In the 2009 budget, arithmetic provision was made for a double-digit increase in capital spending on education from €788m to €880m. The school building programme was treated as a priority. Current spending was increased from €8.2bn to €8.4bn.

If we are to adhere to the fiscal responsibilities, as a member of the eurozone, Government spending needs to be cut by 12%. This is based on total public expenditure of €54bn, while total tax revenue is now estimated to be €36bn.

If the Government fails to address the need to reduce costs, it is almost inevitable that the IMF or an equivalent will have to do the job. The choice will be radically to cut welfare, health or education spending — or all three.

Education expenditure may be cut by €1bn. Given that there are one million people in full-time education, we will require some courageous and innovative education policies.

Let’s ask some hard questions:

nCould or should we cancel the transition year in the secondary school cycle?

nHow come, despite almost €10bn spending on education, one in four adults can’t spell properly?

nWhy have we resisted proper accountability of individual school performances? nWhy do we tolerate a system whereby inadequate poor performing teachers are not removed?

Reductions in the pupil/teacher ratio cannot be ruled out. At post-primary level this issue can be reduced to one of subject choice. It simply is not possible to retain the full range of course options. The number of practical subjects, foreign languages and arts options may need to be rationalised. Will this shatter the lives of these pupils? Surely, lifelong learning allows the option to widen your skills in later years. We need to establish clear priorities of essential subjects.

There are a few myths about education that have never been confronted. We are told “education is the best investment we can make in our country’s future”. This theory would lead you to believe we can educate our way out of a recession.

THERE is a false notion that a “knowledge economy” can achieve full employment. This is self-serving. I recently met a 29-year-old graduate who was seeking her first job. Having been through a series of different third-level courses and attaining excellent qualifications, she couldn’t now get a job.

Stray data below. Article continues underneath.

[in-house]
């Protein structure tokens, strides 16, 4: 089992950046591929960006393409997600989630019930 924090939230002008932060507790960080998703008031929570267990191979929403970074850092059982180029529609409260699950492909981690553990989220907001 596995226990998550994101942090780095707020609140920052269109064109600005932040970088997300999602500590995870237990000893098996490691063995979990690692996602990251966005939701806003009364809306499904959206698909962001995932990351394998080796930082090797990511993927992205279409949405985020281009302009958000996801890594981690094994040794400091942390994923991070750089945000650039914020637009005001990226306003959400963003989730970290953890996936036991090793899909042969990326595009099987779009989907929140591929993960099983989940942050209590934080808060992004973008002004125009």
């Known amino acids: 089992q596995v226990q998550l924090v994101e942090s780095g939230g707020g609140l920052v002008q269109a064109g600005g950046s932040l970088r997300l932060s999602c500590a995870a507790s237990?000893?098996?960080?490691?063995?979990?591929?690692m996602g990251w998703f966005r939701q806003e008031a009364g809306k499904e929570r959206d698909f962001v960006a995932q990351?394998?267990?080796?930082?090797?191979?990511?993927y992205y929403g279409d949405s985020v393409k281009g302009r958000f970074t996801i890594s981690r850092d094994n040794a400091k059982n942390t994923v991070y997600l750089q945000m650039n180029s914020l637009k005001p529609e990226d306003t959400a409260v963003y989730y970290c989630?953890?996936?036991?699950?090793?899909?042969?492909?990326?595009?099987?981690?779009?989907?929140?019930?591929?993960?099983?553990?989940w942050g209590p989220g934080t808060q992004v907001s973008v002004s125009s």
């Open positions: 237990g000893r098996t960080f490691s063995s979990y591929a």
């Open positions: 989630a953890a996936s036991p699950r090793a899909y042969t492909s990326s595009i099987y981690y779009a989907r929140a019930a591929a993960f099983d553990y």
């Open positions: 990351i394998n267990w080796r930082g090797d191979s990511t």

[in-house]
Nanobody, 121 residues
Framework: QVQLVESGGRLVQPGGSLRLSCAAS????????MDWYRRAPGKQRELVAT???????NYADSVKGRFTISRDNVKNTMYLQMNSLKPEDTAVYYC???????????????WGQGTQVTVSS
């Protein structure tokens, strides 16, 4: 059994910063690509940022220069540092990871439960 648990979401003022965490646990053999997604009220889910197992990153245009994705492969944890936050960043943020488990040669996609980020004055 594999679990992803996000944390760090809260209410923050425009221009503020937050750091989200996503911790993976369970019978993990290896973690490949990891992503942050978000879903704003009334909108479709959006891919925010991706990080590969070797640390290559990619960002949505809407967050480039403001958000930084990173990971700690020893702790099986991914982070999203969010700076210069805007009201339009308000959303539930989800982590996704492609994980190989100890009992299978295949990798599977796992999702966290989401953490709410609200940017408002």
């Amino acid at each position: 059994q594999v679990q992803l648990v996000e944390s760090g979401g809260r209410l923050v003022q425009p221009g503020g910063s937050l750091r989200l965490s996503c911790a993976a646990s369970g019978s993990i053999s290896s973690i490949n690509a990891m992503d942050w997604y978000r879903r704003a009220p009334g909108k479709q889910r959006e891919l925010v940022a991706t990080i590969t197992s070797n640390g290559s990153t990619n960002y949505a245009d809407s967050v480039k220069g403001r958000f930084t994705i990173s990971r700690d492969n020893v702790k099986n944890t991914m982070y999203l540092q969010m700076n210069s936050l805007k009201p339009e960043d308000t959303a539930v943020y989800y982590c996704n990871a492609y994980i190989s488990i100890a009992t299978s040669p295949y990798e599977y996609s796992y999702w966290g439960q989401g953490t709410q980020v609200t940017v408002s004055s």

My harshest criticism of education unaccountability lies at third level. Only 15% of students attain third level. University lecturers and professors have been awarded, by the HEA, special pay hikes since September 2007. The top 50 earners in our universities share a whopping €10m pay gravytrain. Many dons lecture, on average, six hours per week. There is inadequate appraisal or quality assurance. The arts research budgets are highly questionable.

Our colleges all agree that taxpaying parents should pay third-level fees. Value for money is not part of the lexicon of the education sector. Nowhere is this more evident than in the area of school buildings. In business, the biggest killer of profits is poor asset utilisation.

School buildings are the least availed of state assets. The taxpayer is being ripped off by exorbitant rent costs on prefabs. Commercial centralised renegotiation of lease/purchase terms is imperative.

Before the INTO, ASTI and TUI ratchet up a campaign of industrial action, perhaps they might reflect on the grim prospects of unsustainable fiscal deficits, Ireland’s sovereign credit rating sinking further, an exploding national debt and 500,000 unemployed. Union leaders are still advocating higher taxation as the panacea to fund unsustainable public services. Bertie’s era is over. Teachers’ leaders should join the real world soon.